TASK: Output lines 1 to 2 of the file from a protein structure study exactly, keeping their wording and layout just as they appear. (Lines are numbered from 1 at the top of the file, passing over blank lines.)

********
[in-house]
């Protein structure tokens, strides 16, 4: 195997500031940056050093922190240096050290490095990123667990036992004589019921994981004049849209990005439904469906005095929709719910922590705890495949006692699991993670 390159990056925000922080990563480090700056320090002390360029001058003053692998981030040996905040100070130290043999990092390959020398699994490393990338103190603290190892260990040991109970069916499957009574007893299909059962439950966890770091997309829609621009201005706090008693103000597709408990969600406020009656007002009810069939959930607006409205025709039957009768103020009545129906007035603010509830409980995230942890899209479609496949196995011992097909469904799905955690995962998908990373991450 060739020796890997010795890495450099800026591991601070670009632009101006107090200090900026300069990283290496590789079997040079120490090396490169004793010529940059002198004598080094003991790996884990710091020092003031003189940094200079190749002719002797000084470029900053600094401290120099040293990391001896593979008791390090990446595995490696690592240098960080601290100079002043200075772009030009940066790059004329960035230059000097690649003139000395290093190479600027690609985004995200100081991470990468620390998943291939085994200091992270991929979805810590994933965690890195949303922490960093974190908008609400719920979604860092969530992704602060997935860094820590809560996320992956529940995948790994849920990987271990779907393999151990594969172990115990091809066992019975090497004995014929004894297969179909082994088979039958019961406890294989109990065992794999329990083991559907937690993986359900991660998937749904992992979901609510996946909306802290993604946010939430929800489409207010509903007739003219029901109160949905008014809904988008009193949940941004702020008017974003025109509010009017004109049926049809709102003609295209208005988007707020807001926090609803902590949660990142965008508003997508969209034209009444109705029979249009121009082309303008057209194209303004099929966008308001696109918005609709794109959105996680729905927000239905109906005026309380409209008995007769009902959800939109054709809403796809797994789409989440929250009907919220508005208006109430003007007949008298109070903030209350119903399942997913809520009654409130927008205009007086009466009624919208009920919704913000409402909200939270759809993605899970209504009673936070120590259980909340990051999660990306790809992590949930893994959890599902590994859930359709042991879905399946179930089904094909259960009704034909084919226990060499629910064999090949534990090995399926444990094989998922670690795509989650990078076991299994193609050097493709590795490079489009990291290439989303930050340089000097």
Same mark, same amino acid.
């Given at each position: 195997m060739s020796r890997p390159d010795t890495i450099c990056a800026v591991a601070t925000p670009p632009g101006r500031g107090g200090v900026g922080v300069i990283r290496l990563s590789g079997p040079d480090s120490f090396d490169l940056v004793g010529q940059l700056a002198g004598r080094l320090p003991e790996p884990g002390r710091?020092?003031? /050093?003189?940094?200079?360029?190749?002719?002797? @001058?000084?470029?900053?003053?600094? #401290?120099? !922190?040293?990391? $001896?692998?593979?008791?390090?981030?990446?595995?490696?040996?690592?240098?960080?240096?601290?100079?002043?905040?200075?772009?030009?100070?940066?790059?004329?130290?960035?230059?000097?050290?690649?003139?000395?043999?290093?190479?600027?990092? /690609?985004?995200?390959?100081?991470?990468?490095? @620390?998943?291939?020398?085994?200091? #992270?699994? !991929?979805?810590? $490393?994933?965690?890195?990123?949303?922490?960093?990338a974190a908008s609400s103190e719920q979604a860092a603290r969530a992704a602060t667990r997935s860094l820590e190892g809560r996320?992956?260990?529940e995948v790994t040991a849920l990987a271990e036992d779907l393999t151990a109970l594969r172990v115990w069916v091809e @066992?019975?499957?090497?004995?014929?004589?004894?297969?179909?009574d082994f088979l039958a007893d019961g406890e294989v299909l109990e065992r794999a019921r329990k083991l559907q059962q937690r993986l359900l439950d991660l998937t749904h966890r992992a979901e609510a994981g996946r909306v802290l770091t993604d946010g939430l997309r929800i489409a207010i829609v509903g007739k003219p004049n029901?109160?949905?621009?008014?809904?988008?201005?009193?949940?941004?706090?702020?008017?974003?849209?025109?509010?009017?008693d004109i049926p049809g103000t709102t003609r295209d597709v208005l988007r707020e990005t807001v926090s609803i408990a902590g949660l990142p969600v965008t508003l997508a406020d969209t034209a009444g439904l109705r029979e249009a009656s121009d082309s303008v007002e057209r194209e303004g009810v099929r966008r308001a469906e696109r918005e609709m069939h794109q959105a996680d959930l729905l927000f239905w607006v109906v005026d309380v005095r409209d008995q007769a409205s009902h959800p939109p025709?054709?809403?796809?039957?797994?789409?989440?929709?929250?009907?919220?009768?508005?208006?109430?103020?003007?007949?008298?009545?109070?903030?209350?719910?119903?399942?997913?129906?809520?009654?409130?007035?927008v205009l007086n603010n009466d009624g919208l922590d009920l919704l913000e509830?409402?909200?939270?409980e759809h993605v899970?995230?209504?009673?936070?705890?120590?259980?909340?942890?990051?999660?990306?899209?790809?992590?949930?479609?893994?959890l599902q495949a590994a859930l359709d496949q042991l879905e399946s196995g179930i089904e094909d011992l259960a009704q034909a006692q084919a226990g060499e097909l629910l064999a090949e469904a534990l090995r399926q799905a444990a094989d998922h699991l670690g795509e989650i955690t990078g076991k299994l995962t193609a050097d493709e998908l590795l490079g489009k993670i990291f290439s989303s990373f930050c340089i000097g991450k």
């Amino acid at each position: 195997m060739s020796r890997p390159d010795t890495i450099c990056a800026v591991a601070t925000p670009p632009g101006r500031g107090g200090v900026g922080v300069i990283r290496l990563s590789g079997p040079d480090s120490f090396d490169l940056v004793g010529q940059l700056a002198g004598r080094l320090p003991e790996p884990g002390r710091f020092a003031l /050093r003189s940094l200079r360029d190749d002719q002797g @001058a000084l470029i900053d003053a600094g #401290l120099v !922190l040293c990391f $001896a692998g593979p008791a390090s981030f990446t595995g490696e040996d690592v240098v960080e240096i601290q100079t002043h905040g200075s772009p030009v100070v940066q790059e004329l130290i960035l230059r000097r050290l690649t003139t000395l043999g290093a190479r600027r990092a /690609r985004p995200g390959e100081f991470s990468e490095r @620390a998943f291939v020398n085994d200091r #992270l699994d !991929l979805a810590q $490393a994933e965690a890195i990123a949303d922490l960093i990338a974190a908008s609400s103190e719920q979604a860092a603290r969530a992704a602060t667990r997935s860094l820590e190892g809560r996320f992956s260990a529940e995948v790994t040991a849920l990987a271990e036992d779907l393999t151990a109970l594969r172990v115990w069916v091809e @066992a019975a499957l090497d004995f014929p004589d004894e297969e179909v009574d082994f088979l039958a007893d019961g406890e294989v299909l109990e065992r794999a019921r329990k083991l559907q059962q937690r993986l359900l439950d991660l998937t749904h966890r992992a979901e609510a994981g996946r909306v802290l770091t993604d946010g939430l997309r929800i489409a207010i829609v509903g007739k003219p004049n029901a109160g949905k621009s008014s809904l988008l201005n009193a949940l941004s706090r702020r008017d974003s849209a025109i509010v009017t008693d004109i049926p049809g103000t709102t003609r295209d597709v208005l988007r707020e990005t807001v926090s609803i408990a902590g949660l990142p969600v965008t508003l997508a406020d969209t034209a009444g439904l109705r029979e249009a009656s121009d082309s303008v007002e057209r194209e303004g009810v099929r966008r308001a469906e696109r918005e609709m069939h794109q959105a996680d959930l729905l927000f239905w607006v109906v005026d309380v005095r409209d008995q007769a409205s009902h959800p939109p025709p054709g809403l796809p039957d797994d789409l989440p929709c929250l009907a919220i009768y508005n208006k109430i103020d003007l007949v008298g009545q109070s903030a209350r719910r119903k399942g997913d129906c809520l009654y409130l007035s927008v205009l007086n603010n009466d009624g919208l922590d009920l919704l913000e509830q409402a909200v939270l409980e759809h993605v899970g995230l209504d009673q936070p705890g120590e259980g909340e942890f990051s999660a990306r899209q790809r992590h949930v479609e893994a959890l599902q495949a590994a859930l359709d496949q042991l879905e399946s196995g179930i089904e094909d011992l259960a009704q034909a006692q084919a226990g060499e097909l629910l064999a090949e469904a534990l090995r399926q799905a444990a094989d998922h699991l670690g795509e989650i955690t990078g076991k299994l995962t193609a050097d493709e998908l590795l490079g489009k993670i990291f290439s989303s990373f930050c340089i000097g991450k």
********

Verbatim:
[in-house]
């Protein structure tokens, strides 16, 4: 195997500031940056050093922190240096050290490095990123667990036992004589019921994981004049849209990005439904469906005095929709719910922590705890495949006692699991993670 390159990056925000922080990563480090700056320090002390360029001058003053692998981030040996905040100070130290043999990092390959020398699994490393990338103190603290190892260990040991109970069916499957009574007893299909059962439950966890770091997309829609621009201005706090008693103000597709408990969600406020009656007002009810069939959930607006409205025709039957009768103020009545129906007035603010509830409980995230942890899209479609496949196995011992097909469904799905955690995962998908990373991450 060739020796890997010795890495450099800026591991601070670009632009101006107090200090900026300069990283290496590789079997040079120490090396490169004793010529940059002198004598080094003991790996884990710091020092003031003189940094200079190749002719002797000084470029900053600094401290120099040293990391001896593979008791390090990446595995490696690592240098960080601290100079002043200075772009030009940066790059004329960035230059000097690649003139000395290093190479600027690609985004995200100081991470990468620390998943291939085994200091992270991929979805810590994933965690890195949303922490960093974190908008609400719920979604860092969530992704602060997935860094820590809560996320992956529940995948790994849920990987271990779907393999151990594969172990115990091809066992019975090497004995014929004894297969179909082994088979039958019961406890294989109990065992794999329990083991559907937690993986359900991660998937749904992992979901609510996946909306802290993604946010939430929800489409207010509903007739003219029901109160949905008014809904988008009193949940941004702020008017974003025109509010009017004109049926049809709102003609295209208005988007707020807001926090609803902590949660990142965008508003997508969209034209009444109705029979249009121009082309303008057209194209303004099929966008308001696109918005609709794109959105996680729905927000239905109906005026309380409209008995007769009902959800939109054709809403796809797994789409989440929250009907919220508005208006109430003007007949008298109070903030209350119903399942997913809520009654409130927008205009007086009466009624919208009920919704913000409402909200939270759809993605899970209504009673936070120590259980909340990051999660990306790809992590949930893994959890599902590994859930359709042991879905399946179930089904094909259960009704034909084919226990060499629910064999090949534990090995399926444990094989998922670690795509989650990078076991299994193609050097493709590795490079489009990291290439989303930050340089000097």